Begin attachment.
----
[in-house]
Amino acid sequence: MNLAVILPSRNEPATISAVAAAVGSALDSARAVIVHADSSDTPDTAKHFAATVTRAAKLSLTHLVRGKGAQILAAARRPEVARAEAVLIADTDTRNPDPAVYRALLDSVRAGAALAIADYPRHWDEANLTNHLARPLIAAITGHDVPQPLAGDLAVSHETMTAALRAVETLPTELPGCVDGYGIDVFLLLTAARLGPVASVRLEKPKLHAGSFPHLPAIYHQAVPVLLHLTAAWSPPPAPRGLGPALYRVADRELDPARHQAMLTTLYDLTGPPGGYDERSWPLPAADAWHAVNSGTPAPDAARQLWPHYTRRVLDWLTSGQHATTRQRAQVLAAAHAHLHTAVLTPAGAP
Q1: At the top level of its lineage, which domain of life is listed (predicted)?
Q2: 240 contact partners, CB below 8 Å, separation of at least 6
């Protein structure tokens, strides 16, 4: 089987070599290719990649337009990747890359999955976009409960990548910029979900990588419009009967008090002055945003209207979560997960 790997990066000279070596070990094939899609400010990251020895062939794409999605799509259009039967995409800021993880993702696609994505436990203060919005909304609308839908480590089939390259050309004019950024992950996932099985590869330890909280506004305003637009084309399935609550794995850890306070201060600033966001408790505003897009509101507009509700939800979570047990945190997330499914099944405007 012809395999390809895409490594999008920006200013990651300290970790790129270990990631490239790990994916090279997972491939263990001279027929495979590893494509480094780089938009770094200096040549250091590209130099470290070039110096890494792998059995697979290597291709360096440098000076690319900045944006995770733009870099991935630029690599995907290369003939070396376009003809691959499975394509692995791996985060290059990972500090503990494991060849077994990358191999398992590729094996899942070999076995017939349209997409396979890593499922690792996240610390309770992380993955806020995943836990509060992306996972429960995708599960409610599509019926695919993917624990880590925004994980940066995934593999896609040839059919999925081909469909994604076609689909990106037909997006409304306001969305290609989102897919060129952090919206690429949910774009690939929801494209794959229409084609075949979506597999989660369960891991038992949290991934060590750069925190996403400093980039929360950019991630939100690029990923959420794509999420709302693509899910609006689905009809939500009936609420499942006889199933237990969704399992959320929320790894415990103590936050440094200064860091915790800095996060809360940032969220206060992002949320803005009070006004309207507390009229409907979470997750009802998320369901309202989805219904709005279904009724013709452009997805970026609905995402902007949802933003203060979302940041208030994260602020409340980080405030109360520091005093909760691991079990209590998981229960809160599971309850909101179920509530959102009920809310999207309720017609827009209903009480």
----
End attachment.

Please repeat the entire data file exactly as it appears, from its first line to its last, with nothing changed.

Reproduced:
[in-house]
Amino acid sequence: MNLAVILPSRNEPATISAVAAAVGSALDSARAVIVHADSSDTPDTAKHFAATVTRAAKLSLTHLVRGKGAQILAAARRPEVARAEAVLIADTDTRNPDPAVYRALLDSVRAGAALAIADYPRHWDEANLTNHLARPLIAAITGHDVPQPLAGDLAVSHETMTAALRAVETLPTELPGCVDGYGIDVFLLLTAARLGPVASVRLEKPKLHAGSFPHLPAIYHQAVPVLLHLTAAWSPPPAPRGLGPALYRVADRELDPARHQAMLTTLYDLTGPPGGYDERSWPLPAADAWHAVNSGTPAPDAARQLWPHYTRRVLDWLTSGQHATTRQRAQVLAAAHAHLHTAVLTPAGAP
Q1: At the top level of its lineage, which domain of life is listed (predicted)?
Q2: 240 contact partners, CB below 8 Å, separation of at least 6
């Protein structure tokens, strides 16, 4: 089987070599290719990649337009990747890359999955976009409960990548910029979900990588419009009967008090002055945003209207979560997960 790997990066000279070596070990094939899609400010990251020895062939794409999605799509259009039967995409800021993880993702696609994505436990203060919005909304609308839908480590089939390259050309004019950024992950996932099985590869330890909280506004305003637009084309399935609550794995850890306070201060600033966001408790505003897009509101507009509700939800979570047990945190997330499914099944405007 012809395999390809895409490594999008920006200013990651300290970790790129270990990631490239790990994916090279997972491939263990001279027929495979590893494509480094780089938009770094200096040549250091590209130099470290070039110096890494792998059995697979290597291709360096440098000076690319900045944006995770733009870099991935630029690599995907290369003939070396376009003809691959499975394509692995791996985060290059990972500090503990494991060849077994990358191999398992590729094996899942070999076995017939349209997409396979890593499922690792996240610390309770992380993955806020995943836990509060992306996972429960995708599960409610599509019926695919993917624990880590925004994980940066995934593999896609040839059919999925081909469909994604076609689909990106037909997006409304306001969305290609989102897919060129952090919206690429949910774009690939929801494209794959229409084609075949979506597999989660369960891991038992949290991934060590750069925190996403400093980039929360950019991630939100690029990923959420794509999420709302693509899910609006689905009809939500009936609420499942006889199933237990969704399992959320929320790894415990103590936050440094200064860091915790800095996060809360940032969220206060992002949320803005009070006004309207507390009229409907979470997750009802998320369901309202989805219904709005279904009724013709452009997805970026609905995402902007949802933003203060979302940041208030994260602020409340980080405030109360520091005093909760691991079990209590998981229960809160599971309850909101179920509530959102009920809310999207309720017609827009209903009480």